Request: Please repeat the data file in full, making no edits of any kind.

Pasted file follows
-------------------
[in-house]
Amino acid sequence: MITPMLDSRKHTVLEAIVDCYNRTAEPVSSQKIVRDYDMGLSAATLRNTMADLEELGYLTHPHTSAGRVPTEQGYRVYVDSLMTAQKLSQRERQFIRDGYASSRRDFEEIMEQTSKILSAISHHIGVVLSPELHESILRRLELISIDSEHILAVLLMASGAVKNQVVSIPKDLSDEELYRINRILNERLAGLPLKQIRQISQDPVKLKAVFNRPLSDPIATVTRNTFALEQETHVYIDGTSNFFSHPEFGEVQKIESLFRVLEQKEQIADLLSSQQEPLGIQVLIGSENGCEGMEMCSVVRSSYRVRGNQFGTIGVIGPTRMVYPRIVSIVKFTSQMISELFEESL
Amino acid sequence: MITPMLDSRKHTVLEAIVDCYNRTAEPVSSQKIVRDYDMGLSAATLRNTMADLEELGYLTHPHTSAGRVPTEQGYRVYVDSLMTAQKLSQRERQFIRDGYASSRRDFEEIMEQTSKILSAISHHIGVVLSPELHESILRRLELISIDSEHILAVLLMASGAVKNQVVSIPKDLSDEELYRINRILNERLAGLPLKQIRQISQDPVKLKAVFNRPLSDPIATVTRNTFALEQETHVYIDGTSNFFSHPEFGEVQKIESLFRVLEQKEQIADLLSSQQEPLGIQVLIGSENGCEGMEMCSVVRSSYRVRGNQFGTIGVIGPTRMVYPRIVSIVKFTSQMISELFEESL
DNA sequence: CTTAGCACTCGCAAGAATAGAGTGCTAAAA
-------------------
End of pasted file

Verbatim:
[in-house]
Amino acid sequence: MITPMLDSRKHTVLEAIVDCYNRTAEPVSSQKIVRDYDMGLSAATLRNTMADLEELGYLTHPHTSAGRVPTEQGYRVYVDSLMTAQKLSQRERQFIRDGYASSRRDFEEIMEQTSKILSAISHHIGVVLSPELHESILRRLELISIDSEHILAVLLMASGAVKNQVVSIPKDLSDEELYRINRILNERLAGLPLKQIRQISQDPVKLKAVFNRPLSDPIATVTRNTFALEQETHVYIDGTSNFFSHPEFGEVQKIESLFRVLEQKEQIADLLSSQQEPLGIQVLIGSENGCEGMEMCSVVRSSYRVRGNQFGTIGVIGPTRMVYPRIVSIVKFTSQMISELFEESL
Amino acid sequence: MITPMLDSRKHTVLEAIVDCYNRTAEPVSSQKIVRDYDMGLSAATLRNTMADLEELGYLTHPHTSAGRVPTEQGYRVYVDSLMTAQKLSQRERQFIRDGYASSRRDFEEIMEQTSKILSAISHHIGVVLSPELHESILRRLELISIDSEHILAVLLMASGAVKNQVVSIPKDLSDEELYRINRILNERLAGLPLKQIRQISQDPVKLKAVFNRPLSDPIATVTRNTFALEQETHVYIDGTSNFFSHPEFGEVQKIESLFRVLEQKEQIADLLSSQQEPLGIQVLIGSENGCEGMEMCSVVRSSYRVRGNQFGTIGVIGPTRMVYPRIVSIVKFTSQMISELFEESL
DNA sequence: CTTAGCACTCGCAAGAATAGAGTGCTAAAA